Petitioner acknowledges that § 2255 is typically the appropriate vehicle by which to present such a claim, but he asserts that the § 2255 remedy is ineffective to test the legality of his detention because Begay was not decided until after his first § 2255 motion was denied. He claims that § 2241 jurisdiction is proper under the savings clause of § 2255(e) because he is "actually innocent" of the career sentencing enhancement applied in his case.

As an initial matter, no district judge is required to entertain a habeas corpus petition "if it appears that the legality of such detention has been determined by a judge... on a prior application for a writ of habeas corpus...." 28 U.S.C. § 2244(a). This prohibition against successive petitions applies to habeas cases filed pursuant to 28 U.S.C. § 2241. Queen v. Miner, 530 F.3d 253, 255 (3rd Cir. 2008); Valona v. United States, 138 F.3d 693, 695 (7th Cir. 1998); Chambers v. United States, 106 F.3d 472, 475 (2nd Cir. 1997). Because the District Court for the Middle District of Pennsylvania previously adjudicated petitioner's post- Begay challenge to the legality of his sentence, it is not appropriate for this court to re-analyze the same issue. If petitioner disagreed with the Middle District of Pennsylvania's decision, his remedy was to take an appeal to the Third Circuit Court of Appeals, not file a new § 2241 habeas case in this District raising the same challenge.[2]

But even assuming petitioner's case were properly before this court, and further assuming his appellate waiver is unenforceable contrary to the decisions of multiple courts to address the issue, the Ninth Circuit has determined that a "purely legal claim that has nothing to do with factual innocence... is not a cognizable claim of actual innocence' for the purposes of qualifying to bring a § 2241 petition under the escape hatch." Marrero v. Ives, 682 F.3d 1190, 1193 (9th Cir. 2012). The Ninth Circuit has specifically addressed this issue with respect to career offender sentences. Rith v. Rios, 514 Fed.Appx. 684 (9th Cir. 2013) (one cannot be "actually innocent" of a career offender status for sentencing purposes); Green v. Thomas, 485 Fed.Appx. 888 (9th Cir. 2012) (one cannot be innocent of being classified as a career offender under the Sentencing Guidelines because that is not a cognizable claim of actual innocence under the escape hatch).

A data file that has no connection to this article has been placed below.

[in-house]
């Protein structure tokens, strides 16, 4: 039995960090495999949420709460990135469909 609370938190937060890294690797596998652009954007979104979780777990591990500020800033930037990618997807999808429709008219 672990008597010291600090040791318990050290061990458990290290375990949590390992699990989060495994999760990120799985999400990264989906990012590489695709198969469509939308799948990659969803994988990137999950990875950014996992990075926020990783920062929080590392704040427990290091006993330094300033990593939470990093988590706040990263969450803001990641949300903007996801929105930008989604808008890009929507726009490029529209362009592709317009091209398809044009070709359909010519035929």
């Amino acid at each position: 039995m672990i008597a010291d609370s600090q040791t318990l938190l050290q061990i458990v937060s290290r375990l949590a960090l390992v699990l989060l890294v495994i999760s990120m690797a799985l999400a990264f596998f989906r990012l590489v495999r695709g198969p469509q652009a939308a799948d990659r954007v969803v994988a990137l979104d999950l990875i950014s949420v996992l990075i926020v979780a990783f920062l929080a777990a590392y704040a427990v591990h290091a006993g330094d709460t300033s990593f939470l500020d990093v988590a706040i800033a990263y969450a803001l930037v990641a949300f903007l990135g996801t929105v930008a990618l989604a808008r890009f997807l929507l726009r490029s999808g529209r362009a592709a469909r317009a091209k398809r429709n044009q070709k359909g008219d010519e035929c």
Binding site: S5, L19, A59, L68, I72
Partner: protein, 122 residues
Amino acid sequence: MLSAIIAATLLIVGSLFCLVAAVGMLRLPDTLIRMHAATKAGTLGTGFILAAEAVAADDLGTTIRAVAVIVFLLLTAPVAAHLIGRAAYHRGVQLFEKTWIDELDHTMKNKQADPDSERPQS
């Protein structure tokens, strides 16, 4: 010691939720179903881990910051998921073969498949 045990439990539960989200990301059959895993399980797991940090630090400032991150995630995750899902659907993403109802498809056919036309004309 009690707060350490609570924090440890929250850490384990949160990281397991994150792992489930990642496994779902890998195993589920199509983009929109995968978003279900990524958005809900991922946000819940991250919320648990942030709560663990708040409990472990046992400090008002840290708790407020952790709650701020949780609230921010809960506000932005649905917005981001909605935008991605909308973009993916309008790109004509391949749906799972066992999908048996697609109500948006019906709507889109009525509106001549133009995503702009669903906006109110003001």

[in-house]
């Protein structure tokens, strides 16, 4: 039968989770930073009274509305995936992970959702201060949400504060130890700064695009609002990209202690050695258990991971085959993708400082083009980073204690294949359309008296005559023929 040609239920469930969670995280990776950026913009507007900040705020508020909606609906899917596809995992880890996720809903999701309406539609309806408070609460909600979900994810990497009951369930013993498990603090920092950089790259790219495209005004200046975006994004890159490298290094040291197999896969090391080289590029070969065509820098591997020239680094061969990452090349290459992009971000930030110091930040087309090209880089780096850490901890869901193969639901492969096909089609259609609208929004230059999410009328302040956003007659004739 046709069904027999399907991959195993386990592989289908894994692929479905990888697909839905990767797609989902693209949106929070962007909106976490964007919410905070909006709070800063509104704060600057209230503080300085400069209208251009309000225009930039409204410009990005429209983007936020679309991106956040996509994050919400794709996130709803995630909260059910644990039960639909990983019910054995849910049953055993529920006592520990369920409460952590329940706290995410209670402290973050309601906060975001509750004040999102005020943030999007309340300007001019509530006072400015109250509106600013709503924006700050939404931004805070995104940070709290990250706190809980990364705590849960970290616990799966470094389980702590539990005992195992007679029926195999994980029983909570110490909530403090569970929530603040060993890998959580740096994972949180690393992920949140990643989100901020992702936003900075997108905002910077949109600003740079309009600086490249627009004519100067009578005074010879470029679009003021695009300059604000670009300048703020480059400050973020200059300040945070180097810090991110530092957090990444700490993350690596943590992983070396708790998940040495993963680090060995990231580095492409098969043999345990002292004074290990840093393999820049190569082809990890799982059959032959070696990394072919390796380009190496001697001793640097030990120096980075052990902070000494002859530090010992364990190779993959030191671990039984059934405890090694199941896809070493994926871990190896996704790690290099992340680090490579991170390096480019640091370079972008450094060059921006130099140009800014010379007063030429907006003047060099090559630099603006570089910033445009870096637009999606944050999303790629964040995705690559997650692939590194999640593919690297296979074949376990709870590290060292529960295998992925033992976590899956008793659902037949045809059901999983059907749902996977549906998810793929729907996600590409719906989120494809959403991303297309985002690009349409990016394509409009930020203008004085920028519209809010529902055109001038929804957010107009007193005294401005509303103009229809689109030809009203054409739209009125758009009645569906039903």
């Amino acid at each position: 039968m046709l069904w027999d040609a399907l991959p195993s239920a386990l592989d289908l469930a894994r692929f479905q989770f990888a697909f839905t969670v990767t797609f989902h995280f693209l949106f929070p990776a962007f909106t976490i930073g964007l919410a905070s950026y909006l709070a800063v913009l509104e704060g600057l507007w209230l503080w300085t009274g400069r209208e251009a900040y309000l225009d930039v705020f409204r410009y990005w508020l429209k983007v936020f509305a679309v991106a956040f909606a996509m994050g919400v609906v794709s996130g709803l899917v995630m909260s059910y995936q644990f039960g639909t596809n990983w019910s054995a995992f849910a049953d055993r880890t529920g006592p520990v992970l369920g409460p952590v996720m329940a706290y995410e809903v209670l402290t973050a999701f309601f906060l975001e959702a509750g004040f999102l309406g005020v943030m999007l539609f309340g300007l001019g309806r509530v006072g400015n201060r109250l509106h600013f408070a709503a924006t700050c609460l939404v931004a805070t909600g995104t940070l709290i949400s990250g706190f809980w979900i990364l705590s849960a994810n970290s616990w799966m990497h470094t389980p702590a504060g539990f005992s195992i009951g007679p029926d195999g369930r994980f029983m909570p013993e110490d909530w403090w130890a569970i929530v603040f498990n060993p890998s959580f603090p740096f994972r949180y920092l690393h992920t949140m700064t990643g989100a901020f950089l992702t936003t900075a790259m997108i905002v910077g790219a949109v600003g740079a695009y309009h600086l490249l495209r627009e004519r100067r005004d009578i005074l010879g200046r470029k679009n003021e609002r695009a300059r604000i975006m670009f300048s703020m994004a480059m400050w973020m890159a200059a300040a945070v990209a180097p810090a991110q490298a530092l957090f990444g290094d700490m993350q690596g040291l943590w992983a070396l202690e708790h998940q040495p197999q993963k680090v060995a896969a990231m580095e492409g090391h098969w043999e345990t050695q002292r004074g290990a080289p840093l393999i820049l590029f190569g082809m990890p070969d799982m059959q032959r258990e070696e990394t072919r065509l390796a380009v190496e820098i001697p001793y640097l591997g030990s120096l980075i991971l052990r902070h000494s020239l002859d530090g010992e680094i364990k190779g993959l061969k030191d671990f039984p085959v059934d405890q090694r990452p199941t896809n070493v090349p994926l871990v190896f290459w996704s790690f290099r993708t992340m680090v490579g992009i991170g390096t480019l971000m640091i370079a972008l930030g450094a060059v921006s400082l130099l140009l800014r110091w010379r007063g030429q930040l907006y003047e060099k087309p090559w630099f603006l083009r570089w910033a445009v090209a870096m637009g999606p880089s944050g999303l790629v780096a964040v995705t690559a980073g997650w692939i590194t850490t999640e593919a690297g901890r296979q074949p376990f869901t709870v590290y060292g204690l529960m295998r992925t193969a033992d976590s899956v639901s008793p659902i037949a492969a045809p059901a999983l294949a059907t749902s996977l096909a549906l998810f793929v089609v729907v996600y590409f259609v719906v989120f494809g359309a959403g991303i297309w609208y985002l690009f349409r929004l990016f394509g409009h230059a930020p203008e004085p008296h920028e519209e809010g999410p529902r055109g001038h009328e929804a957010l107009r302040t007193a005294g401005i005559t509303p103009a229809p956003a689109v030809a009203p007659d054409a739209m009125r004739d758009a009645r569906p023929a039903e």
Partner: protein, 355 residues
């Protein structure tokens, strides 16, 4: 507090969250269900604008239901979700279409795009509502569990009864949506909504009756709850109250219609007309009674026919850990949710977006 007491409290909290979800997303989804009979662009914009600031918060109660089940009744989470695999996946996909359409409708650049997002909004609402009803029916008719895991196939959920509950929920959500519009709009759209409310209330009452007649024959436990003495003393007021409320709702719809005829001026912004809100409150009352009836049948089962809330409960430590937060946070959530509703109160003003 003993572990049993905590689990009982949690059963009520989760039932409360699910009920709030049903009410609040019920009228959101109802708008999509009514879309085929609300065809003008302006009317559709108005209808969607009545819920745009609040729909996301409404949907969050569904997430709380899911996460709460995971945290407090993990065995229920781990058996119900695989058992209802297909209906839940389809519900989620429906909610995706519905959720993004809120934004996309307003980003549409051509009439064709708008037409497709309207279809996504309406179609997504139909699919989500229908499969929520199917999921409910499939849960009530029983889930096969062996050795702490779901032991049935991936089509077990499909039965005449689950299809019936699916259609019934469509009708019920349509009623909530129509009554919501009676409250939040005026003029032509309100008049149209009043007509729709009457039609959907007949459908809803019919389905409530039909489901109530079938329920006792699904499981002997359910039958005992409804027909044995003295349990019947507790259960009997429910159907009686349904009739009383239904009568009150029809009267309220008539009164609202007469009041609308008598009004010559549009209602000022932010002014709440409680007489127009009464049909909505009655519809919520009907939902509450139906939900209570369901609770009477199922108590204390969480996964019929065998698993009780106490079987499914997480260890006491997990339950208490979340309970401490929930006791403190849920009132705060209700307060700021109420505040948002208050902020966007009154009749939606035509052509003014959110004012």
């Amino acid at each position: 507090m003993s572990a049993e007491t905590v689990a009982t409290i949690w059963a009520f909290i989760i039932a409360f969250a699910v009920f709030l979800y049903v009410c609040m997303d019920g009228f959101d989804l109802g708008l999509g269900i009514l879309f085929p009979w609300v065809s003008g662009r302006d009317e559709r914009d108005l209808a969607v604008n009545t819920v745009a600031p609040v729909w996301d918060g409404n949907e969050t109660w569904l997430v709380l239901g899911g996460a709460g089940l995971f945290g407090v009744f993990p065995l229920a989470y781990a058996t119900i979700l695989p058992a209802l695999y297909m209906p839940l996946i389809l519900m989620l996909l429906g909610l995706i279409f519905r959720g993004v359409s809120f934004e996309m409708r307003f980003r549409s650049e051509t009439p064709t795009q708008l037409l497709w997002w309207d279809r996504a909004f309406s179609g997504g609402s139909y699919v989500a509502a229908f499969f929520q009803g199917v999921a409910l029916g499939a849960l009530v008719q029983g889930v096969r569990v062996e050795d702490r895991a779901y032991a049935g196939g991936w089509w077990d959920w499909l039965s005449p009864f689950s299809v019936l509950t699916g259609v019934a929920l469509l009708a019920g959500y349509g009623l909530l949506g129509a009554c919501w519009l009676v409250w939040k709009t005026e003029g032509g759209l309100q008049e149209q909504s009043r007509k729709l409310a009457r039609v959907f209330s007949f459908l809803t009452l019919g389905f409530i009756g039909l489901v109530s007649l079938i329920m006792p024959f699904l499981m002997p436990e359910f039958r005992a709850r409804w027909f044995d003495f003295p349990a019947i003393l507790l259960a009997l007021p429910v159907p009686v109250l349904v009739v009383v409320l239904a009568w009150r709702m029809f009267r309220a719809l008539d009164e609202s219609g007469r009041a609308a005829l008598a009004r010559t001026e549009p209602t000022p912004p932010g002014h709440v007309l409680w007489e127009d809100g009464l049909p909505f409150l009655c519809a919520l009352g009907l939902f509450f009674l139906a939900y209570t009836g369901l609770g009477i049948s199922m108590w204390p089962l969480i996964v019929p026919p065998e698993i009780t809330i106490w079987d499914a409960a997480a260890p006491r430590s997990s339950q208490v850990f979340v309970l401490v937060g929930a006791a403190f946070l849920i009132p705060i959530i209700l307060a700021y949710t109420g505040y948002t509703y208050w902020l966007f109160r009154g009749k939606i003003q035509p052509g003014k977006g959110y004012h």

While the Ninth Circuit in Marrero left open the possibility that § 2241 habeas jurisdiction may be proper where the enhancement places the sentence outside the statutory maximum, that is not the case here. Petitioner's 188-month sentence was well within the 240 statutory maximum. Because actual innocence in the Ninth Circuit is synonymous with factual innocence of the crime of conviction, and as petitioner's sentence was well within the statutory maximum, § 2241 jurisdiction is not appropriate.


The Petition for Writ of Habeas Corpus (#1) is dismissed with prejudice to the filing of another § 2241 habeas action challenging his career offender sentence. The court declines to issue a Certificate of Appealability on the basis that petitioner has not made a substantial showing of the denial of a constitutional right pursuant to 28 U.S.C. § 2253(c)(2).